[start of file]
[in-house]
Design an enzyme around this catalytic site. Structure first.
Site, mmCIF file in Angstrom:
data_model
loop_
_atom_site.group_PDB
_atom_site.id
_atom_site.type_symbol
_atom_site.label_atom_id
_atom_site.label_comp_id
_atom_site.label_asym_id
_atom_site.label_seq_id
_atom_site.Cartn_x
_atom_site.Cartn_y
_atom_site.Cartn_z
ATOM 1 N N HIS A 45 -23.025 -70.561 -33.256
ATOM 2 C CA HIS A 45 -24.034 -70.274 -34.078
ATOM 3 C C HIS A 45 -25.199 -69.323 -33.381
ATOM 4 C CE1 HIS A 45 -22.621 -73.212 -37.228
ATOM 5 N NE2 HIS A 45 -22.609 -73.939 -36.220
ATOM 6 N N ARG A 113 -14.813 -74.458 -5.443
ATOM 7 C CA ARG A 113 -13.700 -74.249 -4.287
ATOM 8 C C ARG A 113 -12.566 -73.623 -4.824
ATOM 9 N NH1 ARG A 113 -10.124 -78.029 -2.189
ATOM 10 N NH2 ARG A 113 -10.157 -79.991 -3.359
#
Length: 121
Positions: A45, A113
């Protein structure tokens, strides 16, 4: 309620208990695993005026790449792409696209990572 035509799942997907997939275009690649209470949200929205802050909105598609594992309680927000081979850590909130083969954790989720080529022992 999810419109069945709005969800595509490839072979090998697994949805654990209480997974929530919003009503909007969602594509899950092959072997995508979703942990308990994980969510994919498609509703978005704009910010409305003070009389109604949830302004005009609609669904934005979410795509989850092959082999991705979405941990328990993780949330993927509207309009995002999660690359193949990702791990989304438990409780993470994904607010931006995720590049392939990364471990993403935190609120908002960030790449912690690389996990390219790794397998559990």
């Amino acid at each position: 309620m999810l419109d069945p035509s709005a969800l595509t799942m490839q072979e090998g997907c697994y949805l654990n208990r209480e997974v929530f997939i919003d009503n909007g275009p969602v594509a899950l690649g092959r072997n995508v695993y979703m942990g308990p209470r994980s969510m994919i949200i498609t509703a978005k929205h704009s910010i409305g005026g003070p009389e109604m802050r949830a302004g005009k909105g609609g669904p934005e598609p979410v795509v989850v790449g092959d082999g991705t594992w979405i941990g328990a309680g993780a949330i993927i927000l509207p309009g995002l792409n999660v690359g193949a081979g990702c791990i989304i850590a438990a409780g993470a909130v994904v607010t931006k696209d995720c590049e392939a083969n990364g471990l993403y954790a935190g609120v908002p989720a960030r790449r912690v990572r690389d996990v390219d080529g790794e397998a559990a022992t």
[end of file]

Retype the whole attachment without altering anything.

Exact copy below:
[in-house]
Design an enzyme around this catalytic site. Structure first.
Site, mmCIF file in Angstrom:
data_model
loop_
_atom_site.group_PDB
_atom_site.id
_atom_site.type_symbol
_atom_site.label_atom_id
_atom_site.label_comp_id
_atom_site.label_asym_id
_atom_site.label_seq_id
_atom_site.Cartn_x
_atom_site.Cartn_y
_atom_site.Cartn_z
ATOM 1 N N HIS A 45 -23.025 -70.561 -33.256
ATOM 2 C CA HIS A 45 -24.034 -70.274 -34.078
ATOM 3 C C HIS A 45 -25.199 -69.323 -33.381
ATOM 4 C CE1 HIS A 45 -22.621 -73.212 -37.228
ATOM 5 N NE2 HIS A 45 -22.609 -73.939 -36.220
ATOM 6 N N ARG A 113 -14.813 -74.458 -5.443
ATOM 7 C CA ARG A 113 -13.700 -74.249 -4.287
ATOM 8 C C ARG A 113 -12.566 -73.623 -4.824
ATOM 9 N NH1 ARG A 113 -10.124 -78.029 -2.189
ATOM 10 N NH2 ARG A 113 -10.157 -79.991 -3.359
#
Length: 121
Positions: A45, A113
């Protein structure tokens, strides 16, 4: 309620208990695993005026790449792409696209990572 035509799942997907997939275009690649209470949200929205802050909105598609594992309680927000081979850590909130083969954790989720080529022992 999810419109069945709005969800595509490839072979090998697994949805654990209480997974929530919003009503909007969602594509899950092959072997995508979703942990308990994980969510994919498609509703978005704009910010409305003070009389109604949830302004005009609609669904934005979410795509989850092959082999991705979405941990328990993780949330993927509207309009995002999660690359193949990702791990989304438990409780993470994904607010931006995720590049392939990364471990993403935190609120908002960030790449912690690389996990390219790794397998559990």
């Amino acid at each position: 309620m999810l419109d069945p035509s709005a969800l595509t799942m490839q072979e090998g997907c697994y949805l654990n208990r209480e997974v929530f997939i919003d009503n909007g275009p969602v594509a899950l690649g092959r072997n995508v695993y979703m942990g308990p209470r994980s969510m994919i949200i498609t509703a978005k929205h704009s910010i409305g005026g003070p009389e109604m802050r949830a302004g005009k909105g609609g669904p934005e598609p979410v795509v989850v790449g092959d082999g991705t594992w979405i941990g328990a309680g993780a949330i993927i927000l509207p309009g995002l792409n999660v690359g193949a081979g990702c791990i989304i850590a438990a409780g993470a909130v994904v607010t931006k696209d995720c590049e392939a083969n990364g471990l993403y954790a935190g609120v908002p989720a960030r790449r912690v990572r690389d996990v390219d080529g790794e397998a559990a022992t």